Justice Stevens strong bias against the death penalty and his lack of voiced concern for murder victims is well known (1).


Very few of the 112 Supreme Court Justices concluded that the death penalty is unconstitutional, as Justice Stevens has.


A solid case for racial bias, systemically, with the US death penalty, post Furman, is difficult to make (2), contrary to Justice Stevens’ position.


Justice Stevens continues the ignorance of not studying the underlying data within McCleskey v Kemp (the Georgia) case. He should, if he cares about the facts and the truth (3).


Of course death penalty cases are prone to conviction. Prosecutors must be more sure of these cases than for any others, prior to pursuing a trial.  And that should be what we all want. Justice Stevens, it is the responsible thing to do, for all cases, which must be proven beyond a reasonable doubt.


Justice Stevens makes an odd complaint,  that it taints the jury when prosecutors exclude jurors opposed to the death penalty. Judge, the only way to have a qualified jury, in all cases, is if all jurors can award all sentencing options which are available under law in the subject case.


Justice Stevens, as all of us, are concerned about the risk of executing an innocent. The Justice reverses the reality.


Possibly, 25 of the 8100 death sentences given since 1973 may be actual innocents, or 0.3% of those so convicted. They have all been released (4).


Innocents are more at risk without the death penalty. (5)


Unintended error cannot, per se, render anything unjust. Any innocent convicted, sentenced and/or executed is unjust, but cannot render the death penalty unjust.


In the history of the US, it is very difficult to reach a consensus as to even one confirmed case of an innocent executed. (6) Has it happened? Reason concludes yes.


However, the evidence that murderers harm and murder, again, is overwhelming and universally conceded.  In addition, The death penalty offers more protection for innocents than lesser sanctions. (5)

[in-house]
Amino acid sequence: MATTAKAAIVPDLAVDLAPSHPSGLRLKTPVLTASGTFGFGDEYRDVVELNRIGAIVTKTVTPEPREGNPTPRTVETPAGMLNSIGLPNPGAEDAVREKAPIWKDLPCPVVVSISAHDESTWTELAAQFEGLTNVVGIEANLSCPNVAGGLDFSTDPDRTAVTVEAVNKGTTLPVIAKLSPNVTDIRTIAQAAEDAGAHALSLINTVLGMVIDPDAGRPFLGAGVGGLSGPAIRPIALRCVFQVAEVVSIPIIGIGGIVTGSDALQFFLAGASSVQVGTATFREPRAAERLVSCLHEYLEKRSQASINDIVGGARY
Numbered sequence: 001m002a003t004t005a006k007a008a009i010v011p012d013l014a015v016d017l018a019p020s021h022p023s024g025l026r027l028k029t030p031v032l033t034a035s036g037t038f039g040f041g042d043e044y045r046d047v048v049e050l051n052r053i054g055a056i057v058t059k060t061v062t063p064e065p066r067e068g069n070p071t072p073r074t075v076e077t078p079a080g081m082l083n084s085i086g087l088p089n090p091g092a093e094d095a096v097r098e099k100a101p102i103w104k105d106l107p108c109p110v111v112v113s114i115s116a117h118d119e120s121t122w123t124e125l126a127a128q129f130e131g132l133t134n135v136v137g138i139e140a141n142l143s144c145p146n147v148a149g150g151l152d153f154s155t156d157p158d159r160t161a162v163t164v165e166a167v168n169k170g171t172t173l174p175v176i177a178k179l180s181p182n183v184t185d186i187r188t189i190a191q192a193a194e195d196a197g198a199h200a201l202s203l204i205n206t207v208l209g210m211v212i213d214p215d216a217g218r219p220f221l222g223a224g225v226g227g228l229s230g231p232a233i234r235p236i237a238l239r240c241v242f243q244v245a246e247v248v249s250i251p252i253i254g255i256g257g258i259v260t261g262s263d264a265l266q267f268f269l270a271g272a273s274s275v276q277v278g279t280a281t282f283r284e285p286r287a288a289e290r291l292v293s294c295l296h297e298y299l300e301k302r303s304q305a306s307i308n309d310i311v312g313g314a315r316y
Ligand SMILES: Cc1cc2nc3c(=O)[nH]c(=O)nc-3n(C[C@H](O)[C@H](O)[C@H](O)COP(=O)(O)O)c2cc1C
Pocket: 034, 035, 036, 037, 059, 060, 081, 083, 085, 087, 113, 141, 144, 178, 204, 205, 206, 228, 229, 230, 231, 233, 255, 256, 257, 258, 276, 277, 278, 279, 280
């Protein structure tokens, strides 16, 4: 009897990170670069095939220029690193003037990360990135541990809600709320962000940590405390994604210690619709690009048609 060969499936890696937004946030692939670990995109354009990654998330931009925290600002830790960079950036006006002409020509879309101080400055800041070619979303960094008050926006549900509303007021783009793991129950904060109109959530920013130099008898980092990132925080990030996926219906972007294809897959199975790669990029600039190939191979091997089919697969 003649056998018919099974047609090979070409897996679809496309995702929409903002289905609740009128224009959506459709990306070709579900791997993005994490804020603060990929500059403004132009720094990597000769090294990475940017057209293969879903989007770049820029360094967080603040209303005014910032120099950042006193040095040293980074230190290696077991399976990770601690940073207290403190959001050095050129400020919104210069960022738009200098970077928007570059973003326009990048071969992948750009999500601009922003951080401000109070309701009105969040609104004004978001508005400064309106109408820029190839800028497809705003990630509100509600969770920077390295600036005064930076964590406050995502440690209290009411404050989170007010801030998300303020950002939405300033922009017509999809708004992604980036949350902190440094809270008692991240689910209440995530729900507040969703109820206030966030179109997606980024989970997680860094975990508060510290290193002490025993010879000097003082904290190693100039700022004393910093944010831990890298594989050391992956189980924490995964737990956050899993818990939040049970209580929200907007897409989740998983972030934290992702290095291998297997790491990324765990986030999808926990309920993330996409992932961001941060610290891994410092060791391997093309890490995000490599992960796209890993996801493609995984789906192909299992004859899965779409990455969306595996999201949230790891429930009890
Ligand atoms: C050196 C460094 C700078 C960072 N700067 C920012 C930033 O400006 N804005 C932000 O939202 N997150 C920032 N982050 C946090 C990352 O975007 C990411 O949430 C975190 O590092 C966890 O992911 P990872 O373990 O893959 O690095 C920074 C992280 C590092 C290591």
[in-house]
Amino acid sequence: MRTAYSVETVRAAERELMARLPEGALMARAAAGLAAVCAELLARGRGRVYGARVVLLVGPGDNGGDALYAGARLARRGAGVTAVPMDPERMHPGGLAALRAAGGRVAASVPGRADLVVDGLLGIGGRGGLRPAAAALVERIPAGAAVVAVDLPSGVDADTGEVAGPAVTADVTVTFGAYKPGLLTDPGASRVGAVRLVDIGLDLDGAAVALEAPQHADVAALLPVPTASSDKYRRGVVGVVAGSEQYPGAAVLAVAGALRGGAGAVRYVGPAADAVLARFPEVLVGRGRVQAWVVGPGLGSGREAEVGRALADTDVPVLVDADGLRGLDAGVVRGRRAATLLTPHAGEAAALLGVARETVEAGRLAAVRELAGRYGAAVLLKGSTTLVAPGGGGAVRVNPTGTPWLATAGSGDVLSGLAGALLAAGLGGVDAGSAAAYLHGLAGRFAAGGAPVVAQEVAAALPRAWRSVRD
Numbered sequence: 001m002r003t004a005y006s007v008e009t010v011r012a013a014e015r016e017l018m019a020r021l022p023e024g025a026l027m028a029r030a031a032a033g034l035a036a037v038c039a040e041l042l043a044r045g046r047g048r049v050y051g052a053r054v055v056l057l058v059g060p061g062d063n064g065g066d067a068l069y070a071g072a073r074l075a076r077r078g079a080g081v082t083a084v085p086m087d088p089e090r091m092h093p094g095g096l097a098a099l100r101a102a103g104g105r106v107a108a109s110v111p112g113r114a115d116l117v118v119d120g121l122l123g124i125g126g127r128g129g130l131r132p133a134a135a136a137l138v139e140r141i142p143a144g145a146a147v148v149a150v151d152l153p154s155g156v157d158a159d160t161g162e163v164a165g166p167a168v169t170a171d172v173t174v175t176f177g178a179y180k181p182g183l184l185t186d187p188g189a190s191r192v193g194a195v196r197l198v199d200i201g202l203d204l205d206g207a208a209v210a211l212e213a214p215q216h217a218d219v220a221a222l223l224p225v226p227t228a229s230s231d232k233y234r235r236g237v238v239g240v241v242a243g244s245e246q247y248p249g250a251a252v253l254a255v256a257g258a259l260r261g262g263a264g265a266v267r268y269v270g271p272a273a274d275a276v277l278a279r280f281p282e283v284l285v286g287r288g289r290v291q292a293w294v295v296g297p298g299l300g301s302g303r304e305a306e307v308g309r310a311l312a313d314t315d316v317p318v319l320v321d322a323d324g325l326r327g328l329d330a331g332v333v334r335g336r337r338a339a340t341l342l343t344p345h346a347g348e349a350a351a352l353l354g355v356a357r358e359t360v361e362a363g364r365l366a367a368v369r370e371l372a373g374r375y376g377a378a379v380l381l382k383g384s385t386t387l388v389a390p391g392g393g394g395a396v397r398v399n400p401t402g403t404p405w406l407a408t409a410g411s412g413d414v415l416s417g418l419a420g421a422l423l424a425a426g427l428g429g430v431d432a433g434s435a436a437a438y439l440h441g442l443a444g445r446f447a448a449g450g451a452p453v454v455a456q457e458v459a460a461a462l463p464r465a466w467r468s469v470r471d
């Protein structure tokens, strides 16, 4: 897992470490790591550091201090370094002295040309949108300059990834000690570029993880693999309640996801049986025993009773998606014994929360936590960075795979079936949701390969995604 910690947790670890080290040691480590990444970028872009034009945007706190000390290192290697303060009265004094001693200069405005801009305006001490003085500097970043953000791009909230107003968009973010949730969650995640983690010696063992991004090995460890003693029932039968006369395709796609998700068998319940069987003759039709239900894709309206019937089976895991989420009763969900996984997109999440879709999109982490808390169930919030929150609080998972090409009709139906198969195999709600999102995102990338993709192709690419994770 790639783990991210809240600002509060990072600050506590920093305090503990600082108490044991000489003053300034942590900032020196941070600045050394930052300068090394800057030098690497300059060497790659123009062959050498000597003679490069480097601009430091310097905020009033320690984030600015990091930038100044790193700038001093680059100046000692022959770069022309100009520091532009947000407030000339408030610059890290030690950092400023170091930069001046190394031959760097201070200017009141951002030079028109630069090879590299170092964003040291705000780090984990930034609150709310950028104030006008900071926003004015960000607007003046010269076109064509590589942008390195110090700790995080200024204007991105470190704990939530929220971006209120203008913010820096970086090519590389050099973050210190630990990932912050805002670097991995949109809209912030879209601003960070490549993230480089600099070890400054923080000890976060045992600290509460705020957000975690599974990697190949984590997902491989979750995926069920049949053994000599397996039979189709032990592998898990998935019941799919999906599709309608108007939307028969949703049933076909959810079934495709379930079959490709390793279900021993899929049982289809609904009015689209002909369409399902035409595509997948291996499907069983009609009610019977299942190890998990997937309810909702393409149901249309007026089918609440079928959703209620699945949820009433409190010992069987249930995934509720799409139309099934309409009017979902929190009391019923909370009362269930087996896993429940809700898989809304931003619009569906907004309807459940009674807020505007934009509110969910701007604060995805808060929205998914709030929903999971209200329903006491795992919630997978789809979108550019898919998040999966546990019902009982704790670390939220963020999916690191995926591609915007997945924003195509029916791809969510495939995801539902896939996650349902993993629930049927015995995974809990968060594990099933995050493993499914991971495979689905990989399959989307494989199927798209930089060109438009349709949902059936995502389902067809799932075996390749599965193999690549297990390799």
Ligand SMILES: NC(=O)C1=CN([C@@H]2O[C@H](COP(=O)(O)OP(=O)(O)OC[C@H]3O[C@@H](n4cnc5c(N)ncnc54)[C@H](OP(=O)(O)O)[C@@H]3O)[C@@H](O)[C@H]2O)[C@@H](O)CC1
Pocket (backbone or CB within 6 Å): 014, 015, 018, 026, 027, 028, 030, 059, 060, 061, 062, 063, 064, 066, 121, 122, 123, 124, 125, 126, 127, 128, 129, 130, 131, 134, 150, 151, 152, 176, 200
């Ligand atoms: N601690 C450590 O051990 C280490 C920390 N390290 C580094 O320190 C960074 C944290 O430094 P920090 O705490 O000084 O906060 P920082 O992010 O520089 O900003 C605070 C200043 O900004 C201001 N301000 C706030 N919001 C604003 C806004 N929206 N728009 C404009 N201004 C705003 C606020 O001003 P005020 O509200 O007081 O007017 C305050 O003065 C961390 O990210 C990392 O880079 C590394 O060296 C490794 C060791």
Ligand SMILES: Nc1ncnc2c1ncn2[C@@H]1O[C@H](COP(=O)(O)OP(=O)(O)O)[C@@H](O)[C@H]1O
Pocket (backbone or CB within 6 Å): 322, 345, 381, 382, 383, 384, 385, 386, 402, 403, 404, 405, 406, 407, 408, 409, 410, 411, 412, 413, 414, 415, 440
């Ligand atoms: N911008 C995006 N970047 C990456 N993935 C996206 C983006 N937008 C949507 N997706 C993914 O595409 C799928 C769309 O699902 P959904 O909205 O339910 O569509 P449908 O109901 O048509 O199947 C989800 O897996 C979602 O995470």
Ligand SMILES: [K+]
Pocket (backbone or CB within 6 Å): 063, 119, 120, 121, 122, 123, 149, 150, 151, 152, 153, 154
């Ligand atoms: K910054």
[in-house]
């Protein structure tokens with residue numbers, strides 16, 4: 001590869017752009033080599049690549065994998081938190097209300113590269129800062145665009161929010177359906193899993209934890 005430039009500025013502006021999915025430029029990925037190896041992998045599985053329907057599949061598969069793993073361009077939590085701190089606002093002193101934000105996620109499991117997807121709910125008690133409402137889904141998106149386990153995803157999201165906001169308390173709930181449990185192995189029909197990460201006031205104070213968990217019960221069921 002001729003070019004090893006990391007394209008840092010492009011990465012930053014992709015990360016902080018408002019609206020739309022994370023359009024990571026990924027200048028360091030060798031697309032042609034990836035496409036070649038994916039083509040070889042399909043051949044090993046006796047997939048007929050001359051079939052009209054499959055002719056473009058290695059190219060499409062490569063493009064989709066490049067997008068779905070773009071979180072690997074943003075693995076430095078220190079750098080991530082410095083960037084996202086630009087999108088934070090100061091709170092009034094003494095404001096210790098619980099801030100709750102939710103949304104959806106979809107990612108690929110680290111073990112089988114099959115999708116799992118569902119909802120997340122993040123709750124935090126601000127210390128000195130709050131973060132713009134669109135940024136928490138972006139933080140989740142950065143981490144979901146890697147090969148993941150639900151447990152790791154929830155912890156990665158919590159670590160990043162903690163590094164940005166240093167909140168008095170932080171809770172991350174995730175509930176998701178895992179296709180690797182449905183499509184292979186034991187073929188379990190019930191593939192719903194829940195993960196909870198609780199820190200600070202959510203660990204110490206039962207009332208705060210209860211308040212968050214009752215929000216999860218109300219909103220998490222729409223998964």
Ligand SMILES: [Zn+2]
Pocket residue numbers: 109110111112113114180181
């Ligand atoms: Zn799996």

The death penalty is an enhanced protector of innocents and more innocents will die without the death penalty. 


All human endeavors will entail error. The best that humans can do is work to minimize such error.


In the context of all human endeavors, either private or governmental, that do put innocents at risk, is there one which has a better track record than the US death penalty, when considering actual innocent deaths? Likely not.


In the context of criminal justice, the evidence suggests that we have lost nearly 100, 000 innocents to murder, since 1973, by parolees, probationers and early releasees, who murdered after such release while under government supervision (7).


The proof of an innocent executed since 1973? There is none.


(1) The “Moderate Republican” Death Penalty Values of Justice Stevens: Do tormented victims matter?


(3)  a)  “The Math Behind Race, Crime and Sentencing Statistics”
John Allen Paulos, Los Angeles Times, 7/12/98


        b)  “The Odds of Execution” within “How numbers are tricking you”
Arnold Barnett, MIT Technology Review October, 1994


      c) A complete review of Joseph Katz’ deconstruction of the Baldus database is available upon request.



(5)  a)  “The Death Penalty: More Protection for Innocents”


       b)  “Opponents of the Death Penalty Have Blood on their Hands”, Dennis Prager, November 29, 2005



(7)  “Prisons are a Bargain, by any measure”, by John J. DiIulio, Jr., New York Times, January 16, 1996


One thought on “Justice John Paul Stevens’ Hysteria: The Death Penalty

  • March 9, 2011 at 2:26 am

    I’m a true blood conservative who has supported the death penalty since I was a 12 year kid in 1972, growing up in a liberal household in Boston. Since all the cases came to light regarding convictions overturned with DNA evidence proving ‘innocence, I’ve wavered. Appreciate the ammunition in this post to get back on track!


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